Quickly ferried across the Bosphorus, Peter and his rabble entered the Holy Land in the Autumn of 1096, with sound advise from the Byzantine Emperor to wait for the rest of the Crusader forces to arrive, before moving any further into Seljuk held lands. Ignoring this advice and with just God’s protection, Peter, his few knights, and the thousands of peasants set out towards Jerusalem but were soon set upon by Turkish soldiers.
Arriving at the city of Nicomedia (Modern day Izmir in Turkey) in early October 1096, Peter soon lost all control of the now hopelessly out matched group of virtually weaponless serfs, leaving them to their fate running back to Constantinople. Peter left his faithful peasants at the mercy of the Seljuk forces who saw it fit to massacre and enslave over 20,000 European peasants whilst the orchestrator was able to flee and wait for the much more prepared Papal Crusade to arrive.
Joining up with the actual Crusaders under Papal instruction, Peter was able to timidly follow the events of the crusade to its eventual end at the siege of Jerusalem in 1099 before returning the Belgium where he later died sometime around 1115, after founding a Augustinian monastery at Neufmoustier.
The results of the Peasant’s Crusade
To call the Peasant’s Crusade a tragic disaster would be a massive understatement, with untold numbers of dead both of the crusaders themselves and, their unfortunate Jewish, Muslim and even other Christian victims. Peter the hermit and his band of serf brothers never really stood a chance against an actual military force and may have been able to contribute to the overall Christian struggle if they had simply waited for the rest of the forces to arrive.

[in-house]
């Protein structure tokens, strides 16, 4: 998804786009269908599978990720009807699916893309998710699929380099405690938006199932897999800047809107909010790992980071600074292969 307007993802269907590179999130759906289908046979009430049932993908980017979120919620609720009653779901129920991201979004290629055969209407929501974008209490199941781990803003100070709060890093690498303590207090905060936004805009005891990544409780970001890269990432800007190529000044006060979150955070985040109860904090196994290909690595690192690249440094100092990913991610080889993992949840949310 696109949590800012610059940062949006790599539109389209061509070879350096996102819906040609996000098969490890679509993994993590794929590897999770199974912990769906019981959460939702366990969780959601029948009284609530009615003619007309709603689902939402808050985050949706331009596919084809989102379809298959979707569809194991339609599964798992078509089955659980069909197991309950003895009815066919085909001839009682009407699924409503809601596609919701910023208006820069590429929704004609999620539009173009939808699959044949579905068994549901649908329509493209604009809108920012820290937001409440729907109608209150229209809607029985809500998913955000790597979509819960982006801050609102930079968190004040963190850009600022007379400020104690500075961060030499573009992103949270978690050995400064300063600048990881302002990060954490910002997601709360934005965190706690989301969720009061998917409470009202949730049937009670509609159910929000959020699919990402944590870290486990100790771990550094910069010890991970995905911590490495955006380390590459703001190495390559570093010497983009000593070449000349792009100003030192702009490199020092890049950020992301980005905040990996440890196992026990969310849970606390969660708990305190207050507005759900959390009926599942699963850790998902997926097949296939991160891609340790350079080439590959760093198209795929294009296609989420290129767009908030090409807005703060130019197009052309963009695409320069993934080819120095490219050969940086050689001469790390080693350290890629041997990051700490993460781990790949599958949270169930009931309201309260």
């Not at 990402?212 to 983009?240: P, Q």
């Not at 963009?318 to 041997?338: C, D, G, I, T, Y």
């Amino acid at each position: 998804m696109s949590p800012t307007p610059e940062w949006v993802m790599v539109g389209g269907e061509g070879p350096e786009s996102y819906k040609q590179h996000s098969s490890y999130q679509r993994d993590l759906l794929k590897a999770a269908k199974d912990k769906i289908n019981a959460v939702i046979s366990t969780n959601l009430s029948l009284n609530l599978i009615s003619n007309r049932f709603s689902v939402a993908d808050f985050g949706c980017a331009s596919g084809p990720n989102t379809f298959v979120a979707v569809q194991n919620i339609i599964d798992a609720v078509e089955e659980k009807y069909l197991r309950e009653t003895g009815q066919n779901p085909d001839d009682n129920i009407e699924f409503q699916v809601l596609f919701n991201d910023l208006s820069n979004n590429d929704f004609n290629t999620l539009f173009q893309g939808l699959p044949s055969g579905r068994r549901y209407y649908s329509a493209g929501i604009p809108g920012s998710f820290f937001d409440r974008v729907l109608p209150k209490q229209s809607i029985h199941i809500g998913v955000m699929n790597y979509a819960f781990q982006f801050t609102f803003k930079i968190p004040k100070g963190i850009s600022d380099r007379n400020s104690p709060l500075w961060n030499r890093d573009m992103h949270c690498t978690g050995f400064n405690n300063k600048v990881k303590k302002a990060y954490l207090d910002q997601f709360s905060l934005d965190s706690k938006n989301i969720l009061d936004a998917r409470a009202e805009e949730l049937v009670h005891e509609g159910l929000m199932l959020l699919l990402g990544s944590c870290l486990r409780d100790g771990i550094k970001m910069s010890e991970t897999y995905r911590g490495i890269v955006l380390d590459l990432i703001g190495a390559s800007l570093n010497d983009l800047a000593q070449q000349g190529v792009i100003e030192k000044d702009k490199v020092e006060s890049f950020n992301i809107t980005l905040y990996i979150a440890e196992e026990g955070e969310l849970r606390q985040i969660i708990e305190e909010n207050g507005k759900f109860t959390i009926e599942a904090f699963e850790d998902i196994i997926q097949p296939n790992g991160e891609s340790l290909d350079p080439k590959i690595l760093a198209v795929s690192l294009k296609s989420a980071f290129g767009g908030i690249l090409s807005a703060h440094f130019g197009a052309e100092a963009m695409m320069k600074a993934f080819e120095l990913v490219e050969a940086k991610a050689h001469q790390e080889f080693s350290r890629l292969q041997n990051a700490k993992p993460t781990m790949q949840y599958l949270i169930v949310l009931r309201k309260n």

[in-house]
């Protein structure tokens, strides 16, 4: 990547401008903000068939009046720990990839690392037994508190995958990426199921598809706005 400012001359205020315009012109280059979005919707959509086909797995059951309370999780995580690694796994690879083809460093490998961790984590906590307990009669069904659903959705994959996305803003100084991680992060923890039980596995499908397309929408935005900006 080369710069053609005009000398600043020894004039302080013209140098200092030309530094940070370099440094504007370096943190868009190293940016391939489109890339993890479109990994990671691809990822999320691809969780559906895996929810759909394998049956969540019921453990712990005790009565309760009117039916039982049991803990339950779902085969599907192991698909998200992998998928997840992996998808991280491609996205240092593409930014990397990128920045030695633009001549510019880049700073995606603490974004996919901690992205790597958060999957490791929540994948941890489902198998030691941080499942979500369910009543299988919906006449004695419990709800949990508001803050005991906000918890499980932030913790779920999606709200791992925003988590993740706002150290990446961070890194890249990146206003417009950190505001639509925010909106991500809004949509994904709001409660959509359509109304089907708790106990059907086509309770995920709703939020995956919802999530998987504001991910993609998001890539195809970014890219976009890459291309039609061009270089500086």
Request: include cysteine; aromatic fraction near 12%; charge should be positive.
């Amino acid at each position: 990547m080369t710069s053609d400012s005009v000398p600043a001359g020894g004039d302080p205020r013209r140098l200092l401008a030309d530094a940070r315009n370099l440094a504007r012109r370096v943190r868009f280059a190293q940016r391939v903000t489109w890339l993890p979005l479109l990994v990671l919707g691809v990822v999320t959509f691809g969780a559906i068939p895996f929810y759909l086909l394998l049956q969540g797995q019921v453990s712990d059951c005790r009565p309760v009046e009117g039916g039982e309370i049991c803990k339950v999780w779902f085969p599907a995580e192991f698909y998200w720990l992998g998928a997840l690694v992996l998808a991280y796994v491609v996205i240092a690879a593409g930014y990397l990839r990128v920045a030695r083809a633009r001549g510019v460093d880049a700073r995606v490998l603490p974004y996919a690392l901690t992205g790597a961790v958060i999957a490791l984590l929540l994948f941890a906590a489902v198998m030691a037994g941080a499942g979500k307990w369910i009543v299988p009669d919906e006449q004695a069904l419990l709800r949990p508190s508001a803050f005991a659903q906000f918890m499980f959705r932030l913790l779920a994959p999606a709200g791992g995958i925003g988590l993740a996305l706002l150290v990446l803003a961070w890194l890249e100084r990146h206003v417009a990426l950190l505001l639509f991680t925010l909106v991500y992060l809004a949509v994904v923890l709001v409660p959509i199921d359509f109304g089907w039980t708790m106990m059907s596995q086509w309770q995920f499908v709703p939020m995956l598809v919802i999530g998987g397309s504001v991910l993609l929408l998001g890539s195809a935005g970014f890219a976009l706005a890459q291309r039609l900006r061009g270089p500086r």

The fact that the mob lasted such a short time outside of the protection of friendly territory shows the physical limitations of the pure faith of the pilgrims, with Peter’s band far more effective at killing defenseless Europeans than the supposed ‘infidel enemy’. The Peasant’s Crusade was the first in a long list of catastrophic failures and wasteful loss of life but the crusade of the common man deserves its place as part of the wider crusader story. Peter the Hermit has gone down in history as somewhat of a polarising character, celebrated for his religious work but, vilified for his terrible treatment of so called ‘non believers’
Written by Chris Riley.